FarmExperiment2

Dr. Joseph Gweyi, a senior lecturer in the Department of Agriculture Science and Technology, alsopartnered with HORTRINLEA to provide knowledge on the current status of soil fertility management and to identify possible constraints for vegetable production in the peri-urban area of Nairobi due to mineral nutrients, soil organic matter (contents and heavy metals). The sub-project titled ‘Crop-specific carbon and mineral element fluxes for sustainable soil fertility and nutrient management in horticultural production systems’,aims to determine and analyze the current status and sources of heavy metal contamination of vegetables, and of crop specific plant traits regulating heavy metal contamination.  The projects expected outputs will serve as a basis for series of options and locally tailored recommendations for integrated Soil organic matter and nutrient management in horticultural production systems, and avoidance of heavy metal hazard of vegetable consumers. This project is in collaboration with partners from Humboldt-University Berlin (HUB), Jaramogi Oginga Odinga University of Science and Technology (JOOST) and Egerton University.

LabExperiment2

The joint research project HORTINLEA is funded within the framework of the Programme GlobE – Global Food Security by the German Federal Ministry of Education and Research (BMBF) and the German Federal Ministry of Economic Cooperation and Development with a grant of up to 7.5 million Euros over five years.

Research by:

Prof. Waceke Wanjohi
Dean, School of Agriculture and Enterprise Development
Kenyatta University


Dr. Joseph Gweyi
Department of Agricultural Science and Technology
Kenyatta University

 

Why tomato?
Tomato is one of the most important vegetables grown in Kenya. It plays a critical role in income generation and creation of employment for both rural and urban populations, in addition to meeting food nutritional requirements. Tomato is a nutritious vegetable that provides good quantities of vitamins A and C. Tomatoes are used in many cooking recipes or as a fresh item in combination with salads. Tomatoes are grown for the domestic market under both rain-fed and irrigated conditions. Due to the high demand for tomato, farmers have extensively adopted high yielding varieties and modern technologies like greenhouse production to ensure year round increased production. Commercial farming of this important crop is however under immense threat from pests and disease, mainly Fusarium wilt, Nematode complex and the Tuta absoluta (tomato leafminer). Some farmers have reported yield losses of up-to 80-100 % per growing season.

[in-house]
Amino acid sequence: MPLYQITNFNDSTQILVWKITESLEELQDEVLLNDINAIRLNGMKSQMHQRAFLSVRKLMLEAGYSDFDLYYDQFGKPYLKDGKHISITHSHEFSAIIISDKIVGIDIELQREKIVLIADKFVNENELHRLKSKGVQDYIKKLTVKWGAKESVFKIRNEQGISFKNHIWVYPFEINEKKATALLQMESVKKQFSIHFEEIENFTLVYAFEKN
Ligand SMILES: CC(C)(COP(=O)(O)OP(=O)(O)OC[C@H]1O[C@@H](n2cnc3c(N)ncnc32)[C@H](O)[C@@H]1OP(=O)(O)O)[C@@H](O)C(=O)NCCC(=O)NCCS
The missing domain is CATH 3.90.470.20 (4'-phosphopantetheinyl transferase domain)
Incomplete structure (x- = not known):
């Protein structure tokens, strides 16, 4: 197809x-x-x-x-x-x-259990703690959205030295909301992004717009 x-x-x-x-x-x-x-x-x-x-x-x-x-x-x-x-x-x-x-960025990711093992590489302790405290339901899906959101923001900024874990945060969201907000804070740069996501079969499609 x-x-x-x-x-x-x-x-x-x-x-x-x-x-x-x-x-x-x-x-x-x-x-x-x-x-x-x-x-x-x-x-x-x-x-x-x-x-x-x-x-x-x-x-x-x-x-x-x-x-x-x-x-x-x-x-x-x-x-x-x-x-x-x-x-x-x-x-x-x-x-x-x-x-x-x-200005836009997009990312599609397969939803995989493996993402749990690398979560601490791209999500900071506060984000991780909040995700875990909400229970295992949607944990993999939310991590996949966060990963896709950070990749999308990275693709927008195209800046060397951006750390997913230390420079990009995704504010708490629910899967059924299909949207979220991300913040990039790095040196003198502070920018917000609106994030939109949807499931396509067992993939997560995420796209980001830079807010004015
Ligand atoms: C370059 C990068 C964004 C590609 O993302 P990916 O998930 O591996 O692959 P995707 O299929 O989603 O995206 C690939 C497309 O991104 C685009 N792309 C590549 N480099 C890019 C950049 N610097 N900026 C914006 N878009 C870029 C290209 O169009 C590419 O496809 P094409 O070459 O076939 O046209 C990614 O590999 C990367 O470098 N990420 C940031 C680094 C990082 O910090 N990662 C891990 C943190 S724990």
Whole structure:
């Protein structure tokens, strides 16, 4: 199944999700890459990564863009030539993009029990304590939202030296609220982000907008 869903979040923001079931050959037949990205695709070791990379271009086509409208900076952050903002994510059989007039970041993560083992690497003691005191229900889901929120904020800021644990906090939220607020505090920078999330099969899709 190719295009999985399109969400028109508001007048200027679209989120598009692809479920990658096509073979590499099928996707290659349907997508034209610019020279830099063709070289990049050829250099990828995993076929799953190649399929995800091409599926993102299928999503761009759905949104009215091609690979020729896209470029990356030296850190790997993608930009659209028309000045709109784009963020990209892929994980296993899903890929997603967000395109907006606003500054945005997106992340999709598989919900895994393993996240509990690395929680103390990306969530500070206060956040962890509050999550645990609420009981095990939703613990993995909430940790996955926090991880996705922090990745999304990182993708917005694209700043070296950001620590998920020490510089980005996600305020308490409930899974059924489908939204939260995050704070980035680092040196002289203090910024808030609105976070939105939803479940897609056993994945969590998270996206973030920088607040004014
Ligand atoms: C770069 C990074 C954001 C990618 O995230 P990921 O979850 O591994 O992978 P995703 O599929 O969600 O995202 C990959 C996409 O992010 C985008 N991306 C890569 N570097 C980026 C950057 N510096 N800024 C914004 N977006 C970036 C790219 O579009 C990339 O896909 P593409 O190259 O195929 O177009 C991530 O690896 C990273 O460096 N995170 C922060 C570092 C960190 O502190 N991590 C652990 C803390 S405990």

Tuta absoluta

tuta-absoluta

Tuta absoluta commonly known as the tomato leaf-miner, is a very harmful leaf mining moth with a strong preference for tomatoes. Measuring a mere 7mm, this invasive pest is considered a serious threat to tomato production worldwide. It also occurs on eggplants, sweet peppers as well as potatoes and various other cultivated plants. Tuta absoluta can cause 50-100% yield reduction on tomato crops and its presence may also limit the export of the product to several destinations. Prevention and proper management of the pest is crucial. Chemical control often fails due to the resistance of the pest against many pesticides, but also because a big part of its development takes place inside the plant or the soil, out of reach of pesticides.

Fusarium wilt

furasium wilt
Fusarium wilt is one of the major diseases of tomato in Kenya. Fusarium wilt in tomatoes is caused by a fungus which is soil borne and can survive indefinitely without any host. Most occurrences are associated with infected tomato debris left in the soil. An infected tomato will begin yellowing on the bottom leaves. The yellowing will begin on one side of the leaf, shoot, or branch and then slowly spread out and up the vine. The vines will brown along the veins and eventually wilt permanently, resulting in a stunted plant. If the plant does not die, it will be weak and produce low quality tomatoes. Fusarium wilt can survive for years in the soil and is spread by water, insects and garden equipment. It develops during hot weather and is most destructive when soil temperatures approach 27˚C. Dry weather and low soil moisture encourage this plant disease. In spite of the high tomato losses associated with Fusarium wilt its control is limited to use of fungicides which are unaffordable by the many poor resource Kenyan farmers. There is therefore need to seek alternative control measures that can be attractive to a poor resource farmer.

Root-knot nematodes

root-knotIn Kenya root-knot nematodes are widely spread in all tomato growing areas and hence are a major concern to both smallholder farmers and commercial producers. Losses in yields range from 28% to 68%.The small-scale farmers fail to recognize nematodes because they are found in the soil and their above ground symptoms can be mistaken for nutrient deficiencies and climatic changes especially drought. Root knot nematodes survive by feeding directly off nutrients pumped through tomato roots. They form galls that can reach up to an inch wide where they hide and reproduce, causing a number of symptoms on the plant. Yellowing plants, stunted growth and general decline are early symptoms of the disease. Their microscopic size make it difficult to identify them and farmers are required to dig up the crop to check on the presence of root-knots which is not a common practice. Prevention against nematodes is difficult because nematodes cannot be eradicated completely from the field.

‘‘As new trends emerge, Kenyan farmers in the future will have to innovate continuously in order to remain competitive; the farmers will need to respond to the permanent pressure on margins, professionalism, increase demand and face growers in abroad countries with excellent farming techniques (Koppert).’’